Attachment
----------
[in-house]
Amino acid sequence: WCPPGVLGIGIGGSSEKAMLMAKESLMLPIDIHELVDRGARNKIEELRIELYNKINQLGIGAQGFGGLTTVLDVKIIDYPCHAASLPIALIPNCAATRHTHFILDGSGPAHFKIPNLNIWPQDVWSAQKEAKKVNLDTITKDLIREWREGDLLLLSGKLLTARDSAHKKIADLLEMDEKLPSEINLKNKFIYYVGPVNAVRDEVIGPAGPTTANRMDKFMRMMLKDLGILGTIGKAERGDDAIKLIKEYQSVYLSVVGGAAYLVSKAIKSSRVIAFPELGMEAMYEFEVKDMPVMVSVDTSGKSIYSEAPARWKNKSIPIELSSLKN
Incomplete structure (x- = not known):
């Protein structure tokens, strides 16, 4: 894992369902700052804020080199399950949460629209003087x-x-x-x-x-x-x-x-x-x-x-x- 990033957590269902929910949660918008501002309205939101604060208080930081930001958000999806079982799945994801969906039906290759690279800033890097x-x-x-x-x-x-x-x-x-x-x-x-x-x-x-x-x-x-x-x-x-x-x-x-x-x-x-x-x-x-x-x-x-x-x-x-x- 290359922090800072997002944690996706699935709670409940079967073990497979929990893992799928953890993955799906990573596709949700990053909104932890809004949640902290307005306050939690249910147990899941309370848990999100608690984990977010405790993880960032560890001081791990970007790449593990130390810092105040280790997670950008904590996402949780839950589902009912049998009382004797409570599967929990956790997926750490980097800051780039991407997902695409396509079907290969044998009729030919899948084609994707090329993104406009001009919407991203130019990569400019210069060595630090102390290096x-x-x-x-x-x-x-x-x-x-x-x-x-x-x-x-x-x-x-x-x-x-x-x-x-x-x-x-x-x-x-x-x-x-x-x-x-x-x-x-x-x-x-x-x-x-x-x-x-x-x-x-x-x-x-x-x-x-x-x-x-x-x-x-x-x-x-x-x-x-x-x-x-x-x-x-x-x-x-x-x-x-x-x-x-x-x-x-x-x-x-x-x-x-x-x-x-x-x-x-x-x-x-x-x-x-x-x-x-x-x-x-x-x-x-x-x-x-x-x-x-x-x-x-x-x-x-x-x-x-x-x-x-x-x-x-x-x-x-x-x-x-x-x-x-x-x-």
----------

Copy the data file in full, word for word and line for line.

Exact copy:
[in-house]
Amino acid sequence: WCPPGVLGIGIGGSSEKAMLMAKESLMLPIDIHELVDRGARNKIEELRIELYNKINQLGIGAQGFGGLTTVLDVKIIDYPCHAASLPIALIPNCAATRHTHFILDGSGPAHFKIPNLNIWPQDVWSAQKEAKKVNLDTITKDLIREWREGDLLLLSGKLLTARDSAHKKIADLLEMDEKLPSEINLKNKFIYYVGPVNAVRDEVIGPAGPTTANRMDKFMRMMLKDLGILGTIGKAERGDDAIKLIKEYQSVYLSVVGGAAYLVSKAIKSSRVIAFPELGMEAMYEFEVKDMPVMVSVDTSGKSIYSEAPARWKNKSIPIELSSLKN
Incomplete structure (x- = not known):
């Protein structure tokens, strides 16, 4: 894992369902700052804020080199399950949460629209003087x-x-x-x-x-x-x-x-x-x-x-x- 990033957590269902929910949660918008501002309205939101604060208080930081930001958000999806079982799945994801969906039906290759690279800033890097x-x-x-x-x-x-x-x-x-x-x-x-x-x-x-x-x-x-x-x-x-x-x-x-x-x-x-x-x-x-x-x-x-x-x-x-x- 290359922090800072997002944690996706699935709670409940079967073990497979929990893992799928953890993955799906990573596709949700990053909104932890809004949640902290307005306050939690249910147990899941309370848990999100608690984990977010405790993880960032560890001081791990970007790449593990130390810092105040280790997670950008904590996402949780839950589902009912049998009382004797409570599967929990956790997926750490980097800051780039991407997902695409396509079907290969044998009729030919899948084609994707090329993104406009001009919407991203130019990569400019210069060595630090102390290096x-x-x-x-x-x-x-x-x-x-x-x-x-x-x-x-x-x-x-x-x-x-x-x-x-x-x-x-x-x-x-x-x-x-x-x-x-x-x-x-x-x-x-x-x-x-x-x-x-x-x-x-x-x-x-x-x-x-x-x-x-x-x-x-x-x-x-x-x-x-x-x-x-x-x-x-x-x-x-x-x-x-x-x-x-x-x-x-x-x-x-x-x-x-x-x-x-x-x-x-x-x-x-x-x-x-x-x-x-x-x-x-x-x-x-x-x-x-x-x-x-x-x-x-x-x-x-x-x-x-x-x-x-x-x-x-x-x-x-x-x-x-x-x-x-x-x-």